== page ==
The night before Rhinebeck, one of my knit buds posed a question. "When did you learn to" she said "knit?"
I learned when I was nineteen, almost twenty, years old. It was the summer between my freshman and sophomore years at college. I was lost. I was lost emotionally, spiritually and mentally. I had no idea who or what I wanted to be in life. I felt paralyzed.
I decided to teach myself how to knit. I'm not sure why. Knitting was something I had always wanted to try and it felt like the right moment to start.
I dug up a 1970's magazine clipping on "How to teach yourself to knit" my Mom saved. Then I headed off to JoAnne Fabrics. There I selected knitting needles that felt good in my hand (US 2), and a (sport weight) yarn I liked.
I taught myself to cast-on in the parking lot. Later in the day I had a few rows of garter stitch completed. At the end of six months I had a skinny black scarf completed. It was so long that I could wrap it around my neck, and still have it reach my knees.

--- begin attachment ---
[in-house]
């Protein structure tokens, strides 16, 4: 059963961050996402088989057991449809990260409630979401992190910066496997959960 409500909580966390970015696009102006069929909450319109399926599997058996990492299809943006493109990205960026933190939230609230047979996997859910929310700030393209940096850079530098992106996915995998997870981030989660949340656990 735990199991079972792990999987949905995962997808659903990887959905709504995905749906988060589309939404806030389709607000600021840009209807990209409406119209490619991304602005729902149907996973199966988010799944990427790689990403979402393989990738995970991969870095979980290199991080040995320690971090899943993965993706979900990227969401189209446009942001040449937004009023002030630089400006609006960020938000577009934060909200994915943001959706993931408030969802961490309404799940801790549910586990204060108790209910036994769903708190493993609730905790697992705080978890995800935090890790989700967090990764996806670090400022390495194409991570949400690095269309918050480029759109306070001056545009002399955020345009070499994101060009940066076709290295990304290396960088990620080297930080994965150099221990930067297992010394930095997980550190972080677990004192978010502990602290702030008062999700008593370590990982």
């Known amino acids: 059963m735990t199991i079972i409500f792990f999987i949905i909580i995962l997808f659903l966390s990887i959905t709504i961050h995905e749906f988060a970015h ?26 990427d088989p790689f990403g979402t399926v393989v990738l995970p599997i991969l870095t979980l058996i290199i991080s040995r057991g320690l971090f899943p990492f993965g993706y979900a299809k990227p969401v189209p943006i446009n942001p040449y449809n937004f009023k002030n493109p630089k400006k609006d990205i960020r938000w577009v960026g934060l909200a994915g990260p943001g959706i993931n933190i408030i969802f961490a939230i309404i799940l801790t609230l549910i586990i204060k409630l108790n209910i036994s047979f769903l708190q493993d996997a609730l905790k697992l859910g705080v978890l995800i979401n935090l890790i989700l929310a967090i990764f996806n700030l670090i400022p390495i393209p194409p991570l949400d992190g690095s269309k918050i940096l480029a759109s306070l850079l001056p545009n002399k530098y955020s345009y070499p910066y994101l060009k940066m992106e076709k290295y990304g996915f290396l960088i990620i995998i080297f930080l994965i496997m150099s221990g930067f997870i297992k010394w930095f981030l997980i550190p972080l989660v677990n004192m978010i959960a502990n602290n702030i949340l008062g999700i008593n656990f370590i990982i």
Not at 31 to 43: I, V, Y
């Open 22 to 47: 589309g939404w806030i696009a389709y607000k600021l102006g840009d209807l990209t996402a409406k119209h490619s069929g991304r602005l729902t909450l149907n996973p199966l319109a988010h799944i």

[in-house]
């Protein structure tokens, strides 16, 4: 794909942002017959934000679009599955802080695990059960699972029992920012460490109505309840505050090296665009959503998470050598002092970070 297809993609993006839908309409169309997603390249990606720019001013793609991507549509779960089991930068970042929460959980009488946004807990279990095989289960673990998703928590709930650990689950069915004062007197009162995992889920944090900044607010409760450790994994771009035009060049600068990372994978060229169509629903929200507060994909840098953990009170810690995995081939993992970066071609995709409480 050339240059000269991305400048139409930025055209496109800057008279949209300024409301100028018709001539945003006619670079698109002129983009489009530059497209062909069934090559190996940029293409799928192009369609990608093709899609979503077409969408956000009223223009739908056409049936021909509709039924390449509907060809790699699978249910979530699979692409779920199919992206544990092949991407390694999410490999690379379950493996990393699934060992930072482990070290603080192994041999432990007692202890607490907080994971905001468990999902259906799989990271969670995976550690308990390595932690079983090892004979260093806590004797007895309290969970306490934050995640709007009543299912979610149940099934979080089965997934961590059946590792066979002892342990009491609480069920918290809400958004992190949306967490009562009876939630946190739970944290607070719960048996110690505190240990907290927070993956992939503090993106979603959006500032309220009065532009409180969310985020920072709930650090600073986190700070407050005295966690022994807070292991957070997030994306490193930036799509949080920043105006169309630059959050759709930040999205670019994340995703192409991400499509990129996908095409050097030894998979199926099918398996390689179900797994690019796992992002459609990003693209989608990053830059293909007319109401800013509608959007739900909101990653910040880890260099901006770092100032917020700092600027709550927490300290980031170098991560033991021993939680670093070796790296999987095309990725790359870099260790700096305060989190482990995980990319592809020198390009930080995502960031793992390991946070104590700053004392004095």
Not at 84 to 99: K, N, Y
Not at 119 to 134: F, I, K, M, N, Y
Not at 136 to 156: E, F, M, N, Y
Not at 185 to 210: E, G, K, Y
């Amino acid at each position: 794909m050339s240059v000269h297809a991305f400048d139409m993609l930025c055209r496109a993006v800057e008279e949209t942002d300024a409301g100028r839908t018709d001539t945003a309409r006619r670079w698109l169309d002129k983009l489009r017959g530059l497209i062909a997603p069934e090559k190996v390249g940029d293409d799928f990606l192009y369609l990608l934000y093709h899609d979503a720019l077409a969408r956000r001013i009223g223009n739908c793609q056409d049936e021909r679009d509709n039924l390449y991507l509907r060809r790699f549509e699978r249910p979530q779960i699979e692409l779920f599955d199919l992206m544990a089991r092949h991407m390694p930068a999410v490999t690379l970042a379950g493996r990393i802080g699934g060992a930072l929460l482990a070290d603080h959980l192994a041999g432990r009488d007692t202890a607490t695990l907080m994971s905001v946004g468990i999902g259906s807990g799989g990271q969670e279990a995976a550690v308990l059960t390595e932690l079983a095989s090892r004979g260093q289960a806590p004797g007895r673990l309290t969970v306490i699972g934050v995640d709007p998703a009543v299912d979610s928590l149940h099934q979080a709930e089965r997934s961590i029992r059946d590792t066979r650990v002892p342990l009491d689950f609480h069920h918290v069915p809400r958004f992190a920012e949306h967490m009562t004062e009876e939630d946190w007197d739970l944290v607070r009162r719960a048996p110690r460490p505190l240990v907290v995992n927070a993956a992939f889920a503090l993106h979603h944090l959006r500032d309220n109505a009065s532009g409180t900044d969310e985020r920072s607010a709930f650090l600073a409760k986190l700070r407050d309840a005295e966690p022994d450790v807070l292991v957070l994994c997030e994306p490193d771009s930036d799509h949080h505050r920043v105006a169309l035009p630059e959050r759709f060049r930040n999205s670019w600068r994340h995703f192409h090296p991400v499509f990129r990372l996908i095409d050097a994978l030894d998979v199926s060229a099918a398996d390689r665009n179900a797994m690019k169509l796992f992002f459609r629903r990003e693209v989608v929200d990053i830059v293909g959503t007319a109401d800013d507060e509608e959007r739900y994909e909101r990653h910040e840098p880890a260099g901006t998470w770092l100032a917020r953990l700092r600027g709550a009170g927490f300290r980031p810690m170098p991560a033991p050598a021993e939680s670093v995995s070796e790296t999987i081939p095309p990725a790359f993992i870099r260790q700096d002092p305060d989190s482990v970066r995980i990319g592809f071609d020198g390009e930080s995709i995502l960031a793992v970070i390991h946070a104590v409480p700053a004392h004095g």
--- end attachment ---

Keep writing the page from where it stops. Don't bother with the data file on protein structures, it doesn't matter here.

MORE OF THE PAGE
Knitting felt good. And more importantly, it was something that I choose. I choose the yarn. I choose the needles. I choose the pattern. I choose how much time to spend on it. I choose when to put it down.
It was having those little choices, when all the choices were felt too final, that helped free me.
Why do I knit? Because knitting doesn't care if I'm perfect. It just cares that I show up and participate.